Office landlords can't help but smile. The national vacancy rate has declined for 11 straight quarters, registering 13.1% at the end of March. Manhattan-based real estate research firm Reis also reports that average asking rents have been trending upwards, rising from $25.06 to $26.70 per sq. ft. over the 12-month period ending in March.
The healthy state of the market is a stark contrast from the 18.3% vacancy rate recorded in June 2003, when the office sector bottomed out. But after a long successful run, Reis chief economist Dr. Sam Chandan believes that office market momentum is starting to weaken.
“There are definitely some warning signs for office fundamentals,” says Chandan. “Slower job growth in particular is already translating into weaker net absorption, and the big rent gains are concentrated in just a few markets,” he says. Monthly job growth in the U.S. averaged 129,000 during the first four months of this year, down from an average of 189,000 during the same period in 2006.
Economic growth weakened during the first quarter. Gross domestic product (GDP) registered just 0.6% for the quarter, which was below Wall Street estimates. Full-year GDP for 2006 was 3.3%, edging up from 3.2% in 2005. Economists expect the economy to grow 2.6% in 2007.
Chandan says that large cities such as New York and San Francisco are hubs for job creation. And that growth is buoying their already-tight office markets. Average effective office rents in New York jumped by 6.5% during the first quarter on the heels of an 18.3% increase last year. In San Francisco, average effective rents popped by 8.9% during the first quarter.
Expect that growth to linger, too. Chandan projects that average annual rent growth over the next four years will hit 7.3% and 7.0% respectively in both office markets. By comparison, average rental growth for the 64 largest metro markets should only hit 5% during that period. “If you exclude these two metros from the calculation, the national effective rent increase in the first quarter falls from 2.8% to 1.9%,” adds the economist.
Chandan expects the latter half of 2007 to bring more economic weakness. The upshot for office investors is that effective rent gains will likely slow down over the next few years (see).
Despite signs of weakening fundamentals, hordes of deep-pocketed private equity funds and institutional investors are on the prowl for single-asset and portfolio. In late May, Morgan Stanley gobbled up office REIT Crescent Real Estate Equities for $6.5 billion. That deal pales in comparison to the Blackstone Group's record purchase of Equity Office Properties Trust earlier this year for $36 billion, including assumed debt.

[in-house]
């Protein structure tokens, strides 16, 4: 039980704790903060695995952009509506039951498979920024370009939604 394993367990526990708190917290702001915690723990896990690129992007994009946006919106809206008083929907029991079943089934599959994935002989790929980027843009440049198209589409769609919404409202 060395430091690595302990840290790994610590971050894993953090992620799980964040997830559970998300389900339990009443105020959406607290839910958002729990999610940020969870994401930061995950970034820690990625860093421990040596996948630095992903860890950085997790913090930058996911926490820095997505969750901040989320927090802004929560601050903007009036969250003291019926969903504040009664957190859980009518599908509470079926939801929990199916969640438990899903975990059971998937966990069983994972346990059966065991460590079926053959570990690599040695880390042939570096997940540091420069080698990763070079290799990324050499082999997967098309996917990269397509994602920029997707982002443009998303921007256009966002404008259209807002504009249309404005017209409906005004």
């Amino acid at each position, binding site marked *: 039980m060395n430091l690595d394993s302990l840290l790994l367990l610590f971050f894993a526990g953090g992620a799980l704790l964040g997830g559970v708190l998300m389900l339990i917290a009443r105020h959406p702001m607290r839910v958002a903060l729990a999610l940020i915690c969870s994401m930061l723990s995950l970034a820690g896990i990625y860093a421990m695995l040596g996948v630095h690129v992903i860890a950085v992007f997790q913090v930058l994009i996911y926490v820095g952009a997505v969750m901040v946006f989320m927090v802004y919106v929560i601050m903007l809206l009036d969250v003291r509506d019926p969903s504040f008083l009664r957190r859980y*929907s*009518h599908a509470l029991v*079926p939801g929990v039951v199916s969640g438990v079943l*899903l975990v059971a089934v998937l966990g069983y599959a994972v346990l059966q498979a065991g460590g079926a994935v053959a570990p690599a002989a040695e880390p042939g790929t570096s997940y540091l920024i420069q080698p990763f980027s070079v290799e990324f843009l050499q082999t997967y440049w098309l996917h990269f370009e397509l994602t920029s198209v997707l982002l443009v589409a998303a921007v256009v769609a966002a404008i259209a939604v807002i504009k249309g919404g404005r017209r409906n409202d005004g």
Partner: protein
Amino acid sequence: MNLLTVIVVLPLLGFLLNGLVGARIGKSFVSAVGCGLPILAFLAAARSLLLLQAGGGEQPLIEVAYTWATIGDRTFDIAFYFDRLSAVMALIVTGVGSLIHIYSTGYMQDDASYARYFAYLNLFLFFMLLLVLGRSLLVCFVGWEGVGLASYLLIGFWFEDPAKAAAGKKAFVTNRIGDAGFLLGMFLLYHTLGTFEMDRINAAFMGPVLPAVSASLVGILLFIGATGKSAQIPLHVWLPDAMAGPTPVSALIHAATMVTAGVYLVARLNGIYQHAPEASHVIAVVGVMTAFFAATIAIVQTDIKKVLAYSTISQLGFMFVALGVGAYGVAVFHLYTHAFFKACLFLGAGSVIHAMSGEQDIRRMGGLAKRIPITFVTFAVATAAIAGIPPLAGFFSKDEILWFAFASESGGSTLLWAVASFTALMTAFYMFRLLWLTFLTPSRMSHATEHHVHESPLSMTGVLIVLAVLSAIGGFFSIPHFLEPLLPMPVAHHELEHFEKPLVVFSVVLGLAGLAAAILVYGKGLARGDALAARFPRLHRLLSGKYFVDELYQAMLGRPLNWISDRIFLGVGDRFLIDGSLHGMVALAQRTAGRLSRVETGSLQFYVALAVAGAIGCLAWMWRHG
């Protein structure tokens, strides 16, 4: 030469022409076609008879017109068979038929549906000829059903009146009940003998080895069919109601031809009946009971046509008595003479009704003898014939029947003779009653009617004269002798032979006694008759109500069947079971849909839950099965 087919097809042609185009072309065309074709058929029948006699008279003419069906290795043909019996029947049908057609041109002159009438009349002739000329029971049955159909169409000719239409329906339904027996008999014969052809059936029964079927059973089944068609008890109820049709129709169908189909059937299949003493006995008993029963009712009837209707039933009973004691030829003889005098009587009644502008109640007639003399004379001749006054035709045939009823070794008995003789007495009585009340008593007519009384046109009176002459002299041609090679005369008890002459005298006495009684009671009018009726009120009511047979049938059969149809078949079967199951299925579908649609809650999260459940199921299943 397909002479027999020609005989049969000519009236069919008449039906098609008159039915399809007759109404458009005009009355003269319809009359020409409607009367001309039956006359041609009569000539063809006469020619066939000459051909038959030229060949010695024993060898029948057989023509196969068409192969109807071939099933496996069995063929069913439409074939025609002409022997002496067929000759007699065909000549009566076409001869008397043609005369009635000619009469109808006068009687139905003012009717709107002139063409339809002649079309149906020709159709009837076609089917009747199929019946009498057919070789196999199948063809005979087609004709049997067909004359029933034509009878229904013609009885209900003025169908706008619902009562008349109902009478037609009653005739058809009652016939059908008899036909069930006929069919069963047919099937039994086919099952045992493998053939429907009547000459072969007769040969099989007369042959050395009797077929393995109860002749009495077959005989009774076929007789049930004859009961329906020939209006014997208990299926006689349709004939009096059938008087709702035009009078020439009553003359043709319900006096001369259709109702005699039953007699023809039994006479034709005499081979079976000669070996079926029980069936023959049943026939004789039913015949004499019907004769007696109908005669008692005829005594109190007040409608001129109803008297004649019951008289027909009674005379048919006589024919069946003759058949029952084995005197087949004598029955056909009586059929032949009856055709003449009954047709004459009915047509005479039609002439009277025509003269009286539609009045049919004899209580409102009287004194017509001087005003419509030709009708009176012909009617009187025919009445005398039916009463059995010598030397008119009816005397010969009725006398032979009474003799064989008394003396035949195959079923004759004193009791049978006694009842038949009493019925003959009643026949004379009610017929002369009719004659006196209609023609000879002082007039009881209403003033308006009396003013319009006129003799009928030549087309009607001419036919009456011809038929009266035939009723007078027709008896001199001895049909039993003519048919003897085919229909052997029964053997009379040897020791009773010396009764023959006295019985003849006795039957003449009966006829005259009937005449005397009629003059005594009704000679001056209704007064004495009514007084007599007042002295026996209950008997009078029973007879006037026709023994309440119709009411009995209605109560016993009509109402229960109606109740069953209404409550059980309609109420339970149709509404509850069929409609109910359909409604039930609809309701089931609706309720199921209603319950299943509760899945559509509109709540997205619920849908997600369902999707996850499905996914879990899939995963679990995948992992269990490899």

Single-asset deals also are fetching record prices. In March, 666 Fifth Avenue in Manhattan fetched $1.8 billion, or $1,200 per sq. ft. The buyer of that tower, private real estate firm Kushner Cos., generated a 3.5% cap rate on that deal.
Demand for trophy assets in major cities remains strong, but suburban markets will offer the best earnings growth going forward, says Mitchell Hersh, CEO of Mack-Cali Realty Corp. Mack-Cali ranked 10th in NREI's latest ranking of the largest office owners with a 33.9 million sq. ft. portfolio as of Dec. 31, 2006.
“The suburban markets have really lagged behind the urban centers in recent years,” says Hersh, who owns and operates New Jersey's largest office portfolio of largely suburban office space. The company recently spent $273 million to buy lower Manhattan office building 125 Broad Street.
“Occupancy costs are lower in the suburban markets, and more companies are tapping the labor force that's increasingly moving into these areas,” says Hersh. The average asking rent for suburban office space nationally was $27.41 per sq. ft. during the first quarter compared with $44.82 per sq. ft. in the central business district, reports Grubb & Ellis.
Mack-Cali has seized on corporate demand for suburban office space. In 2006, Mack-Cali spent $545 million to buy a 2.8 million sq. ft. office portfolio in New Jersey. Most of the properties that were owned by Gale Real Estate Services are low-rise suburban office buildings.
Selecting the right suburban market is critical because speculative office construction is running rampant. Approximately 75 million sq. ft. of speculative suburban office space was under development at the end of March, six times the volume of speculative construction in the CBD, reports Grubb & Ellis. It was also the biggest pipeline of speculative suburban office supply since mid-year 2001.